When Hillman gave talks before learned societies, he was told his views were out of date and that he was tilting against windmills. He then challenged anyone to name a single textbook which did not contain the views he was questioning. He was told that people should not be so naive as to believe what they read in textbooks.
The implications of this are rather startling. So in a letter to the prestigious scientific journal Nature he challenged the people who made these comments to defend them in print. No one took up the challenge.
Hillman and Sartory had enormous difficulty in publishing their work. As well as comments on biological matters, the reviewers used methods such as rudeness in correspondence and meetings, not replying to letters, refusal to discuss the issues in public or private, ridiculing their views in social situations and accusing them of being "controversial".
Why this hostile response? It is important to realise that the methods and technologies questioned by Hillman and Sartory are used by many thousands of biologists. Their careers depend on others trusting their results. Electron microscopes are very expensive; a single instrument can cost $500,000, not to mention running costs. Therefore, singlehandedly, they can account for a sizeable fraction of a medical research budget. Vested interests in reputations, careers and grants are involved, as well as commitments to ideas long held sacred.
Hillman presents an entire shopping list of techniques which can be used to attack academics who question current views. He seems to have experienced them all. But his book is not intended to be an expose. He pulls punches he could easily deliver, not wanting to embarrass particular individuals or to discredit science as an enterprise. (British science feels itself under threat from the Thatcher government, after all.) He really believes in the scientific method, and deplores the unscientific response to his own ideas.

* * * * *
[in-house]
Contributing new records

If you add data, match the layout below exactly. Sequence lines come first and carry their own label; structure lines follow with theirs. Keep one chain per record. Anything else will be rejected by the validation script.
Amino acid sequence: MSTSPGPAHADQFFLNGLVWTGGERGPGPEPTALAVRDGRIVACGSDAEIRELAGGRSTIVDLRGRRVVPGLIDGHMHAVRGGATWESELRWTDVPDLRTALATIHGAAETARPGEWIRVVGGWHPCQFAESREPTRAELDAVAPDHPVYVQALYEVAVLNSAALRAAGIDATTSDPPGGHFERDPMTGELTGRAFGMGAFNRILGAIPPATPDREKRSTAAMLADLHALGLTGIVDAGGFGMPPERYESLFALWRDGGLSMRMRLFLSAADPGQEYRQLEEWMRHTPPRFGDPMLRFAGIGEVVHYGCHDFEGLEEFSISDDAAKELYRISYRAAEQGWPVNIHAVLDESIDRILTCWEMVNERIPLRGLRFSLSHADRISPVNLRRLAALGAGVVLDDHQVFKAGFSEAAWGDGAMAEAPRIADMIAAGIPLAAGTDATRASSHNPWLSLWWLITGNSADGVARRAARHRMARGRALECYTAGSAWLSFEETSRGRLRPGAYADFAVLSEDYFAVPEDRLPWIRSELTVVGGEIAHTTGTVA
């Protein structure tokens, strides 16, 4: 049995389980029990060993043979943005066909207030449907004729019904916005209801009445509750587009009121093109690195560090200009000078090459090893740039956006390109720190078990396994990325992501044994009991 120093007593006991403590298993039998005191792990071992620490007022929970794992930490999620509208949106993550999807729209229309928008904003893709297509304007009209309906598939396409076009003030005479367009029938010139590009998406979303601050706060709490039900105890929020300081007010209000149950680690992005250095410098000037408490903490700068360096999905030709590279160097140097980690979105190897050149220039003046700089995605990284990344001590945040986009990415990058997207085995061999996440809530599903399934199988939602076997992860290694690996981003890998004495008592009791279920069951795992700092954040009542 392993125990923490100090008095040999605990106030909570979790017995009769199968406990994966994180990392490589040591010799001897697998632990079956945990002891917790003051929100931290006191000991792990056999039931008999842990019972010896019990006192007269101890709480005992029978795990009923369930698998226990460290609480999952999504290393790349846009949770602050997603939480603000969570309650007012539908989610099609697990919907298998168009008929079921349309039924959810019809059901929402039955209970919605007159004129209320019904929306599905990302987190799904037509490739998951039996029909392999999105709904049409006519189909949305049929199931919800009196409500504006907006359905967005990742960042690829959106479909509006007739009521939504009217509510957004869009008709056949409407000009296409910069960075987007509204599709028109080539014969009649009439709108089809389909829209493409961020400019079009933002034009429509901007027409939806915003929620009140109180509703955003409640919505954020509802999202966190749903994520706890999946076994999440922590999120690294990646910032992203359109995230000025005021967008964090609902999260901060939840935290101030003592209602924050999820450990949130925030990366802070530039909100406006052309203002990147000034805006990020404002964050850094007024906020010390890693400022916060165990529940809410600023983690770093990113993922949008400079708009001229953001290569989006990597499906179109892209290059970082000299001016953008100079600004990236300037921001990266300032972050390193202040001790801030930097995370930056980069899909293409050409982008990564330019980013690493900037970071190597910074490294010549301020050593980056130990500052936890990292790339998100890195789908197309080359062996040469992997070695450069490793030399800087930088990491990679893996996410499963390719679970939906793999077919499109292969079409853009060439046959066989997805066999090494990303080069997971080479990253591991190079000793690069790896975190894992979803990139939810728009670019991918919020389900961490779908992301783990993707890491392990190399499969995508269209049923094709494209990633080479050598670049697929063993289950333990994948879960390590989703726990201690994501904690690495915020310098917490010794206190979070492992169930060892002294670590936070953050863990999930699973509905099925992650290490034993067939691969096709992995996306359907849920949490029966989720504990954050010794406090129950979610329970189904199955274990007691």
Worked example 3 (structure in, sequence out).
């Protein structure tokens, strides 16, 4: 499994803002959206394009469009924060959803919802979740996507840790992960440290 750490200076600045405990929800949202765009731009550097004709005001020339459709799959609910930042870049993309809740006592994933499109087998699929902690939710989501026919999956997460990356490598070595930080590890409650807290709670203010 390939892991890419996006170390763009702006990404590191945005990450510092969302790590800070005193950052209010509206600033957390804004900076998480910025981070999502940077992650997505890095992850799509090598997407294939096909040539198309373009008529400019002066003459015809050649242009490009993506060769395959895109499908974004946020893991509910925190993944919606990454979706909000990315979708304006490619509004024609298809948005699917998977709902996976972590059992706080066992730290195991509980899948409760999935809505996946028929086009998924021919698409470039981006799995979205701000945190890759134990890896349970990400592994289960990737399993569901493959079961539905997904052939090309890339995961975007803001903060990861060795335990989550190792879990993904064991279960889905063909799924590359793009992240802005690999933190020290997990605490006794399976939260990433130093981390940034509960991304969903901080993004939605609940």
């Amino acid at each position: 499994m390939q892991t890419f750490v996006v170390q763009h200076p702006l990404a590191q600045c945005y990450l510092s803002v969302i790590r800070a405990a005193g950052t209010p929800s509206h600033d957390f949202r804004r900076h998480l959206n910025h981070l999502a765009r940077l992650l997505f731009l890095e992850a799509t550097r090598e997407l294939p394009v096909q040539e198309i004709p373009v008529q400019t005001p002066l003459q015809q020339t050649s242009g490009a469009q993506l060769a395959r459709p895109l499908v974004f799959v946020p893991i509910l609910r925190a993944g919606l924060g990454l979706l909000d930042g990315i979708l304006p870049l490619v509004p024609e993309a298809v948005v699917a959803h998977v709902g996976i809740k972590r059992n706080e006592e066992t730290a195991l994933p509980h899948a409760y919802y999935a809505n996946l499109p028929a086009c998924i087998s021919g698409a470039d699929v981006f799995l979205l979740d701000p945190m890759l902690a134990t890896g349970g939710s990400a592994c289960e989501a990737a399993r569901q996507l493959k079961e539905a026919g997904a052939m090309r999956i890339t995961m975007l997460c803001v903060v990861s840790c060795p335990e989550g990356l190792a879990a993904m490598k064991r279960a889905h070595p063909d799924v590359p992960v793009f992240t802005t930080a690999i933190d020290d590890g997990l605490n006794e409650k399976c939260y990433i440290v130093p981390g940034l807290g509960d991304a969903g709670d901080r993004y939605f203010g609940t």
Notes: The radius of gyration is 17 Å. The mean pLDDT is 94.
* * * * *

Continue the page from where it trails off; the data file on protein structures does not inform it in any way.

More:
The incredible intolerance towards Hillman and his views was hard for me to believe. Although I have studied many similar instances in different fields of science, each new story comes as a shock. In one case, Hillman gave a talk to a large audience at what he calls "a well known Welsh university". The many undergraduates in the audience seemed sympathetic to his case. A lecturer stood up and claimed to have pictures from an electron microscope which showed that Hillman was wrong. After the talk, Hillman asked the lecturer to see the pictures. "'I have not got any', he said, laughing. 'Why did you say you had in front of that large audience?' 'Because I did not want the students to be misled by you'."
Hillman's Letter to Students of Biology of the Twenty First Century is intended to convey the message that biology, like all sciences, should not be treated as dogma. But what it shows most of all is that biology is both taught and treated as dogma by biologists. In saying this, what matters is less whether Hillman's biology is right or wrong, but the nasty and intolerant way in which the biological community has responded to it.
I'm sorry if I have raised your hopes of reading this book -- it hasn't been published. Hillman has tried many publishers. They say it is well written, but too personal. To my mind, the personal parts are the most important. Perhaps that is why establishment biologists would not like to see it appear.
Harold Hillman's book was later published under a different title: The Case for New Paradigms in Cell Biology and in Neurobiology (Lampeter: Mellen Press, 1991).